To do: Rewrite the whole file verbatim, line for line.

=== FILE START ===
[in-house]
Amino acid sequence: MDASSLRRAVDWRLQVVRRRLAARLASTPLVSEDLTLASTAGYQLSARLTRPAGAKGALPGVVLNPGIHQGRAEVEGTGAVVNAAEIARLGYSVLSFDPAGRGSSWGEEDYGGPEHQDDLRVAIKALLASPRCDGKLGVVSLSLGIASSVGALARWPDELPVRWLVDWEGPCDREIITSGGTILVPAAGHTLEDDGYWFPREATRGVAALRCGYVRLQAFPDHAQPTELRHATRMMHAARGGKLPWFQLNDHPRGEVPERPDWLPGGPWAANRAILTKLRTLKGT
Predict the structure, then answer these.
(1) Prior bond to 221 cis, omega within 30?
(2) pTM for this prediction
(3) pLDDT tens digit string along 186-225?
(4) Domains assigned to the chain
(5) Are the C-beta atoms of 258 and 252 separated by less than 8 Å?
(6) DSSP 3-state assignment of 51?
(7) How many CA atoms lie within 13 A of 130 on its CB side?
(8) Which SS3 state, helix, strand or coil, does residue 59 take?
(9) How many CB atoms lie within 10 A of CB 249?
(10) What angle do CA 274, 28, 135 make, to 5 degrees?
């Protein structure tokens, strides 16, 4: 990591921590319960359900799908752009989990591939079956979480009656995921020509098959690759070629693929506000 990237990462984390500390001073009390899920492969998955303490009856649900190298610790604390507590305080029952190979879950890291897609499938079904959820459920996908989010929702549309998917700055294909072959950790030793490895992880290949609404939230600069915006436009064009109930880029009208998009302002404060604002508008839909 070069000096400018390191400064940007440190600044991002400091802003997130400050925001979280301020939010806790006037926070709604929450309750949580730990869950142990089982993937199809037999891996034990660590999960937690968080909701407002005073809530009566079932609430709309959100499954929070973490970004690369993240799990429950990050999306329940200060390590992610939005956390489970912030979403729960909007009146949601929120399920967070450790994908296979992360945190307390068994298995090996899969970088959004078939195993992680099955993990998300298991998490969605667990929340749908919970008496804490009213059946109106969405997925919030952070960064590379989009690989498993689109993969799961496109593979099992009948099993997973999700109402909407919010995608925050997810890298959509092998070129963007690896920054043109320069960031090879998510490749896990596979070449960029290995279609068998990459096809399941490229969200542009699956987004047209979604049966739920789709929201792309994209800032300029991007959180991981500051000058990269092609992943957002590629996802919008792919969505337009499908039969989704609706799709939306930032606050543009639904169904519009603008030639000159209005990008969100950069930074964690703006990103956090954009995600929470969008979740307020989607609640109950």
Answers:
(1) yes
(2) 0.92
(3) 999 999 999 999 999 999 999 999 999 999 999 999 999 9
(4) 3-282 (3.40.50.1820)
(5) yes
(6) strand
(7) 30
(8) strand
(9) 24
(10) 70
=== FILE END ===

[in-house]
Amino acid sequence: MDASSLRRAVDWRLQVVRRRLAARLASTPLVSEDLTLASTAGYQLSARLTRPAGAKGALPGVVLNPGIHQGRAEVEGTGAVVNAAEIARLGYSVLSFDPAGRGSSWGEEDYGGPEHQDDLRVAIKALLASPRCDGKLGVVSLSLGIASSVGALARWPDELPVRWLVDWEGPCDREIITSGGTILVPAAGHTLEDDGYWFPREATRGVAALRCGYVRLQAFPDHAQPTELRHATRMMHAARGGKLPWFQLNDHPRGEVPERPDWLPGGPWAANRAILTKLRTLKGT
Predict the structure, then answer these.
(1) Prior bond to 221 cis, omega within 30?
(2) pTM for this prediction
(3) pLDDT tens digit string along 186-225?
(4) Domains assigned to the chain
(5) Are the C-beta atoms of 258 and 252 separated by less than 8 Å?
(6) DSSP 3-state assignment of 51?
(7) How many CA atoms lie within 13 A of 130 on its CB side?
(8) Which SS3 state, helix, strand or coil, does residue 59 take?
(9) How many CB atoms lie within 10 A of CB 249?
(10) What angle do CA 274, 28, 135 make, to 5 degrees?
């Protein structure tokens, strides 16, 4: 990591921590319960359900799908752009989990591939079956979480009656995921020509098959690759070629693929506000 990237990462984390500390001073009390899920492969998955303490009856649900190298610790604390507590305080029952190979879950890291897609499938079904959820459920996908989010929702549309998917700055294909072959950790030793490895992880290949609404939230600069915006436009064009109930880029009208998009302002404060604002508008839909 070069000096400018390191400064940007440190600044991002400091802003997130400050925001979280301020939010806790006037926070709604929450309750949580730990869950142990089982993937199809037999891996034990660590999960937690968080909701407002005073809530009566079932609430709309959100499954929070973490970004690369993240799990429950990050999306329940200060390590992610939005956390489970912030979403729960909007009146949601929120399920967070450790994908296979992360945190307390068994298995090996899969970088959004078939195993992680099955993990998300298991998490969605667990929340749908919970008496804490009213059946109106969405997925919030952070960064590379989009690989498993689109993969799961496109593979099992009948099993997973999700109402909407919010995608925050997810890298959509092998070129963007690896920054043109320069960031090879998510490749896990596979070449960029290995279609068998990459096809399941490229969200542009699956987004047209979604049966739920789709929201792309994209800032300029991007959180991981500051000058990269092609992943957002590629996802919008792919969505337009499908039969989704609706799709939306930032606050543009639904169904519009603008030639000159209005990008969100950069930074964690703006990103956090954009995600929470969008979740307020989607609640109950």
Answers:
(1) yes
(2) 0.92
(3) 999 999 999 999 999 999 999 999 999 999 999 999 999 9
(4) 3-282 (3.40.50.1820)
(5) yes
(6) strand
(7) 30
(8) strand
(9) 24
(10) 70